NEWTON (CBS) – We’ve all heard the saying, or some version of it, that the journey is more important than the destination. For a group of friends in Newton, planning for the journey is also part of the fun. Every year, they travel somewhere in the U.S. or Canada to ride their bikes and experience an adventure that only tightens the bonds of their decades-long friendship.
It’s an annual tradition that dates back to 1996, when they made their first big bike trip (across the country) as a group with a distinct name.
“WYMPS. W-Y-M-P-S. Waban Young Men Pedaling Society…although now we could be the WOMPS. Waban Old Men Pedaling Society,” laughed WYMPS member Michael Weinblatt. WBZ’s Lisa Hughes caught up with some of the WYMPS as they packed their bikes for this year’s adventure to the San Juan Islands and Olympic Peninsula in Washington State. Packing the bikes actually means taking them apart, storing them in cases, hoping the TSA doesn’t lose any of the pieces when agents search those cases, before then reassembling the bikes at their destination.
Have they ever forgotten anything? Bruce Edmands laughed, “I’ve forgotten what we’ve forgotten.”
What they don’t forget is the scenery, from Nova Scotia and the Tetons to Civil War battlefields and the Pacific Northwest. The ride provides shared experiences that cement their friendships. It also provides a dose of perspective. “You appreciate the wonderfulness of Americans,” Weinblatt said. “Some of the people we’ve met are unbelievably spectacular. You also appreciate how blessed we are in Massachusetts.”
They recalled riding through parts of Eastern Oregon and Kentucky where people struggle mightily. “The amount of rural poverty in this country…people are incredibly poor.”
The WYMPS aren’t living it up in five-star resorts and dining in fancy restaurants on their trips. They stay in modest hotels and buy groceries when they arrive at their destination for breakfasts and lunches. They rent a van to drive alongside, and rotate drivers every ten miles. The group typically starts at 7:00 a.m. and doesn’t stop riding until the evening. There is nothing “wimpy” about their itinerary. They ride anywhere from 60-to 100-miles a day.
Before they could plan the trips online, the WYMPS would call the police station closest to their destination and ask for motel recommendations. At least once, they were referred to a church when a motel employee explained that, with a high school reunion in town at the time, there were no vacancies. “Roughing it” is part of the adventure.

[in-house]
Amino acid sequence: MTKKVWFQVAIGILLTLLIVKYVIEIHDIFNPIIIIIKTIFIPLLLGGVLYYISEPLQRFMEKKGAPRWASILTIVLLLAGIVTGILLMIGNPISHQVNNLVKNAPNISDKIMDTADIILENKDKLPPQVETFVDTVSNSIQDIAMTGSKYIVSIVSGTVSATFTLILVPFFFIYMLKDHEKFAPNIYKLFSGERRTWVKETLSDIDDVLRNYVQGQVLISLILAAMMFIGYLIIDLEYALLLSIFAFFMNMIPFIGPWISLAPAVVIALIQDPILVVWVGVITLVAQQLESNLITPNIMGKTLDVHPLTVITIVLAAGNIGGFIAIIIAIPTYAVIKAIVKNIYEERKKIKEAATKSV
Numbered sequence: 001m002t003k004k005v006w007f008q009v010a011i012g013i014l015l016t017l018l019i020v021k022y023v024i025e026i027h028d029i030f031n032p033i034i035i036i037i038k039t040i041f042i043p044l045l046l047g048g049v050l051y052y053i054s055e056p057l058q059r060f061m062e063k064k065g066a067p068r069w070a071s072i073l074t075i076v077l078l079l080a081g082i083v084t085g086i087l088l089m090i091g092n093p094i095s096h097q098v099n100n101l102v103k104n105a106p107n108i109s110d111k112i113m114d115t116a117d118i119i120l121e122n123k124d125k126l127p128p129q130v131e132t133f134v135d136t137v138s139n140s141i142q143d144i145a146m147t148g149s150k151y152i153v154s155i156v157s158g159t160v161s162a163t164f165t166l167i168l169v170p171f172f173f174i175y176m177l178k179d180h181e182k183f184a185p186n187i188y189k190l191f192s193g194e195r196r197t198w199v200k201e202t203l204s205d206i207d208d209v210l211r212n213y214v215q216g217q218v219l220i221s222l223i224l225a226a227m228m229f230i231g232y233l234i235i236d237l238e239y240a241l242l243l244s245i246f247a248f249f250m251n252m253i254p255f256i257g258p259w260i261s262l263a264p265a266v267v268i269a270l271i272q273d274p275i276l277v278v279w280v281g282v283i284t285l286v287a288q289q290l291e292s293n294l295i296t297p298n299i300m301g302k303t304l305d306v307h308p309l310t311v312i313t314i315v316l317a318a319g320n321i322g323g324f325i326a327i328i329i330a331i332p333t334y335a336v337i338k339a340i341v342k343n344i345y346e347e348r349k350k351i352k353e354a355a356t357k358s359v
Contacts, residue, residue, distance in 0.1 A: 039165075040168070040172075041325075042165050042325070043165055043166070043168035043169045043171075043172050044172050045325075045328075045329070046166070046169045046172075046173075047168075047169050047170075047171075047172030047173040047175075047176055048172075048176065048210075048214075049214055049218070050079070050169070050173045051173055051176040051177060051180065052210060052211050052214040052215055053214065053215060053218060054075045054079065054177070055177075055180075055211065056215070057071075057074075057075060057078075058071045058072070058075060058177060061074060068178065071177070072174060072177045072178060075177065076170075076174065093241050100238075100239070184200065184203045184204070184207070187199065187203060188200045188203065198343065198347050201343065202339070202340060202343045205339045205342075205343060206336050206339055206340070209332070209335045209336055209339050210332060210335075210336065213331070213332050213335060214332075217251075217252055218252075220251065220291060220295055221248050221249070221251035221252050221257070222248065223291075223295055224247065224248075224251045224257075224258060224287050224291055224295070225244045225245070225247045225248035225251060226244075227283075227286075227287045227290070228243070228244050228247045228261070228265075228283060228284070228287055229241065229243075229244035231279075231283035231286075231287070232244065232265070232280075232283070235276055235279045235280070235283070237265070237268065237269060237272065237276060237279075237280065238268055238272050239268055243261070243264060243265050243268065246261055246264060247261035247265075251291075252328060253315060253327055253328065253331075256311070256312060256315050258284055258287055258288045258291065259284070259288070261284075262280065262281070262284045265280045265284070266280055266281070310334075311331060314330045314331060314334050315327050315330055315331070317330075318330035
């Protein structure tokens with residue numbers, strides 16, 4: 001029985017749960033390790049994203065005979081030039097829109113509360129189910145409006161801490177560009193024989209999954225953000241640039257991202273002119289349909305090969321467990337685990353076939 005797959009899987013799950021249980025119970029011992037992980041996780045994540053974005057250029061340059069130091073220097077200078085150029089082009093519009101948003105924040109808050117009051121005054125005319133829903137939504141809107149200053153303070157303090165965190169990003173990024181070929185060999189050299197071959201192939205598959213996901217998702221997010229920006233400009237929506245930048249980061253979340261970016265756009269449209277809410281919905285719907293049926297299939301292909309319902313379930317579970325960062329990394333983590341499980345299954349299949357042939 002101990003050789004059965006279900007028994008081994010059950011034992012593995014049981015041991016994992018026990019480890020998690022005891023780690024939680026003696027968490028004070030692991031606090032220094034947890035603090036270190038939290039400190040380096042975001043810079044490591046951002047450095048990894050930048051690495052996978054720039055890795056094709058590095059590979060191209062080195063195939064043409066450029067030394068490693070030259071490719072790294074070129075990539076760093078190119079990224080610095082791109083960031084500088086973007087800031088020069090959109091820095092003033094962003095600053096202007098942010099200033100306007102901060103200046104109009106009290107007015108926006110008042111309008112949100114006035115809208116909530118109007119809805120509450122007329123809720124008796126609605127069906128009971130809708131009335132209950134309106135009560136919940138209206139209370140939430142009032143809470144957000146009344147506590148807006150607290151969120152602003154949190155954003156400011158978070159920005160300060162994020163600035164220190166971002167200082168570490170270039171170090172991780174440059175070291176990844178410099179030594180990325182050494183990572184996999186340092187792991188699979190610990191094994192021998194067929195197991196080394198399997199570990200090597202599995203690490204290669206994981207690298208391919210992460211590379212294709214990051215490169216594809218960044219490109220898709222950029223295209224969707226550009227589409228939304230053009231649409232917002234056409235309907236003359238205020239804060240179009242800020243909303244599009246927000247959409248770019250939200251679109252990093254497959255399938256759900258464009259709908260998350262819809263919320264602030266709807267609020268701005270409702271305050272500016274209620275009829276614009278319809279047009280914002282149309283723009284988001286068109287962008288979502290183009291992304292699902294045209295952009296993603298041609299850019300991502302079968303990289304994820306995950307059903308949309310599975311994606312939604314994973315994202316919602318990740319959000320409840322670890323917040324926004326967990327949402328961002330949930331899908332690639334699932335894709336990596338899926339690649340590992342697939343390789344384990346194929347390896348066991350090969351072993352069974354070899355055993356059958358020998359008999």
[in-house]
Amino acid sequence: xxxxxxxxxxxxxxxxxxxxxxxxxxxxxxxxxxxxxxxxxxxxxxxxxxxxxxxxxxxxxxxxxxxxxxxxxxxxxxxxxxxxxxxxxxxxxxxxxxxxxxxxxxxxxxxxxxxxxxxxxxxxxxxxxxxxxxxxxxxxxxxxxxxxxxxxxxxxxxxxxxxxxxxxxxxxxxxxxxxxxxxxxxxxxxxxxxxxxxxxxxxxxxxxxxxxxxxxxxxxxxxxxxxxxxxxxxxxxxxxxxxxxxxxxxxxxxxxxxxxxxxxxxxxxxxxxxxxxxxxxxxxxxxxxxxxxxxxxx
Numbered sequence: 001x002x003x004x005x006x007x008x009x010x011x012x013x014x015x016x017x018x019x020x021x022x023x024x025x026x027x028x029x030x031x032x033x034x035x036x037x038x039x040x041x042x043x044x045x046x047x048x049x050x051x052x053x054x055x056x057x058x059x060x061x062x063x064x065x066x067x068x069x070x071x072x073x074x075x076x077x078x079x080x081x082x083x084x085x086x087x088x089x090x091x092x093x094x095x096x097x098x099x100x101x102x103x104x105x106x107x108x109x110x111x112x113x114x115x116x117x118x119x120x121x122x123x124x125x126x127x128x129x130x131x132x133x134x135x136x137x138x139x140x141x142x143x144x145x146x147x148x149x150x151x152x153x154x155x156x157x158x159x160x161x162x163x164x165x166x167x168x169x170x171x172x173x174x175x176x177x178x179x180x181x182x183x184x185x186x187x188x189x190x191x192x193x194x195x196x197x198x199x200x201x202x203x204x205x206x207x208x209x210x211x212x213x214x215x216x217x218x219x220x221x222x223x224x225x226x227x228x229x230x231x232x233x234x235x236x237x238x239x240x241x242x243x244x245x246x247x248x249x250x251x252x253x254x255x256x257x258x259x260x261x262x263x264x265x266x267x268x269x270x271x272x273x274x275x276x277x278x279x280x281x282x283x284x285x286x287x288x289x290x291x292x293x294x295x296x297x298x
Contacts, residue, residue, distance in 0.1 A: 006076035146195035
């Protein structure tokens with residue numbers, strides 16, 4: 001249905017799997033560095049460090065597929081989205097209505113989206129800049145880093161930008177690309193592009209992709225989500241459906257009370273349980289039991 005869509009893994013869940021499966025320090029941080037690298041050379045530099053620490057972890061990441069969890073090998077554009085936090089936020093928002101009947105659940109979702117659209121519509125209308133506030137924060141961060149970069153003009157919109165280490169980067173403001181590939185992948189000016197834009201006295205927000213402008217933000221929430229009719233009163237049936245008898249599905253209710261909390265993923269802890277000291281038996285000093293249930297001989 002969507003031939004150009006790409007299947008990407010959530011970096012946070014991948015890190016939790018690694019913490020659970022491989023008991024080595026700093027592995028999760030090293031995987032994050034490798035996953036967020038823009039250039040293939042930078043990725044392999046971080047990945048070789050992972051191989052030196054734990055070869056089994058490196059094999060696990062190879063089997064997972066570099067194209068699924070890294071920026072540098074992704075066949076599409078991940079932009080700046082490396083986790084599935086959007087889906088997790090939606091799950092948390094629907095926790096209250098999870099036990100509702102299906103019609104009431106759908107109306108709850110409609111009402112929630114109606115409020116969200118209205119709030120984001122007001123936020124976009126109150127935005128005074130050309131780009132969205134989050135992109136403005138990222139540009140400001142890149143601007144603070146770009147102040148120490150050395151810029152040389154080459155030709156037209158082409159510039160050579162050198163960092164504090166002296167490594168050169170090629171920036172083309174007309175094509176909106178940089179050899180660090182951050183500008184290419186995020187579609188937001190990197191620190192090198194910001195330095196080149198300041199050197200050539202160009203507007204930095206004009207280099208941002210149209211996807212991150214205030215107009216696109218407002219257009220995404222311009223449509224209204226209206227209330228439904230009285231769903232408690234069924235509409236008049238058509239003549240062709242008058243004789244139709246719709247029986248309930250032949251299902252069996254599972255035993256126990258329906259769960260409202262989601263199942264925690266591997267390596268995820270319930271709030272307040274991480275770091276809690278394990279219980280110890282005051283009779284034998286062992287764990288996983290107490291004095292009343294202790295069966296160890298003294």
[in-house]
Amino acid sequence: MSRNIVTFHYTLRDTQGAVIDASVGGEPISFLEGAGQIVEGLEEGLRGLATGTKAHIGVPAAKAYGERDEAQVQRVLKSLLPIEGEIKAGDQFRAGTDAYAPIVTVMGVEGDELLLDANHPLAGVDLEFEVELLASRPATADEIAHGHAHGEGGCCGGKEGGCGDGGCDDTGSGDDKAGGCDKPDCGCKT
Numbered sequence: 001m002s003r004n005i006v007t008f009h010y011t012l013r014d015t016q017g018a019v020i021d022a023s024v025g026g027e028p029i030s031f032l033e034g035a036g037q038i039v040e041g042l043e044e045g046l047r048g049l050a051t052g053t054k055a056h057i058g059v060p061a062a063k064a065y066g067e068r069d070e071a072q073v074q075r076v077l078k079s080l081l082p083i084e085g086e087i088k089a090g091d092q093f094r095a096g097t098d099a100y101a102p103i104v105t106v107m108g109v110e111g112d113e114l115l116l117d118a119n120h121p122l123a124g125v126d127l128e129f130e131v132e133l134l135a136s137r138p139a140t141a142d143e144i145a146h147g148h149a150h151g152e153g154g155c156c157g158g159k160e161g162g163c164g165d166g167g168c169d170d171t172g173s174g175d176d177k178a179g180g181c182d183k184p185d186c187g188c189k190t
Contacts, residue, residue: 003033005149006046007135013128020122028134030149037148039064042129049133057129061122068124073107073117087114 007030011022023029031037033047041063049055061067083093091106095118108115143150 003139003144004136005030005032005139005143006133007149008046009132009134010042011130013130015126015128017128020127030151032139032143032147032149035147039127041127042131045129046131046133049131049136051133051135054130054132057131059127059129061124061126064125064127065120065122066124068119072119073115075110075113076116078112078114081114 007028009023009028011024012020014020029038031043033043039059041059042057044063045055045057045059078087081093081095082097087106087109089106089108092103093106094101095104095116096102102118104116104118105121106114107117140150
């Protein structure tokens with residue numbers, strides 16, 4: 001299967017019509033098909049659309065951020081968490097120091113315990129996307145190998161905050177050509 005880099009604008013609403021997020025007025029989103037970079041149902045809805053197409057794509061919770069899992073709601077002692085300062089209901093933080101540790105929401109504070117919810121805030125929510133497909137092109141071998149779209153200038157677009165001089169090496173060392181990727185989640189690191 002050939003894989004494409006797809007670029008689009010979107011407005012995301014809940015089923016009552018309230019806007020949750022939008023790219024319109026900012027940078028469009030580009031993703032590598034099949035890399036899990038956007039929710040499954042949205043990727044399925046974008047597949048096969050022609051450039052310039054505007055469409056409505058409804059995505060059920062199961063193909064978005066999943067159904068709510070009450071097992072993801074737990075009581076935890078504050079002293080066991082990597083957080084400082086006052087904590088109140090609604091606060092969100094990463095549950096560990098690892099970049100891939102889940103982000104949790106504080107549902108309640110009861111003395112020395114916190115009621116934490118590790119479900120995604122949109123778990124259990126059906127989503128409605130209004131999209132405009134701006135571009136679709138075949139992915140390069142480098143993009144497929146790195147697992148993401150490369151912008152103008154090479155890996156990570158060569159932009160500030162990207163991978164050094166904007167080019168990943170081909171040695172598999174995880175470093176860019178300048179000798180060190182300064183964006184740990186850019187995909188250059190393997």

But it’s not the challenges, stories or scenery that keeps them coming back. It’s the bond they strengthen with every trip. They cherish their friendship and celebrate it daily, when they meet for coffee at the Waban Starbucks. Yes, the WYMPS meet every day of the year. That’s how close they are.
“In some respects, we’re closer than brothers and sisters,” said Edmands. “I think it’s unusual for a group of men to organize and be together as much as we are as a group. It’s a place to share our professional challenges, our personal challenges, our family’s challenges. It is a brotherhood in that respect. It’s almost a coincidence that we cycle together, because we’re friends first.”
They’ve shared celebrations, milestones, setbacks and loss. After the WYMPS’ ride through Yellowstone National Park in 2015, they lost their friend John Willett to a brain tumor. With most of the WYMPS in their 60’s and 70’s, they don’t take time or health for granted. “As you get older, you think about it,” Weinblatt explaine. “But there’s no question that exercise has kept us young. It’s a great activity.”
“It started as five guys who love to cycle… who found one another,” said Edmands’ wife Geline Williams, who applauds the WYMPS’ devotion to one another. “It’s really about a human bond that starts with one thing and deepens and spreads into something else.”
She said the group is always most grateful for hot showers, clean laundry and home-cooked meals when they return.
In case you’re wondering, the WYMPS are already weighing where they will ride in 2020. The Blue Ridge Parkway or Utah are at the top of the list. Just thinking about it makes Edmands smile. “Just having these friendships is a stress-reliever,” he said.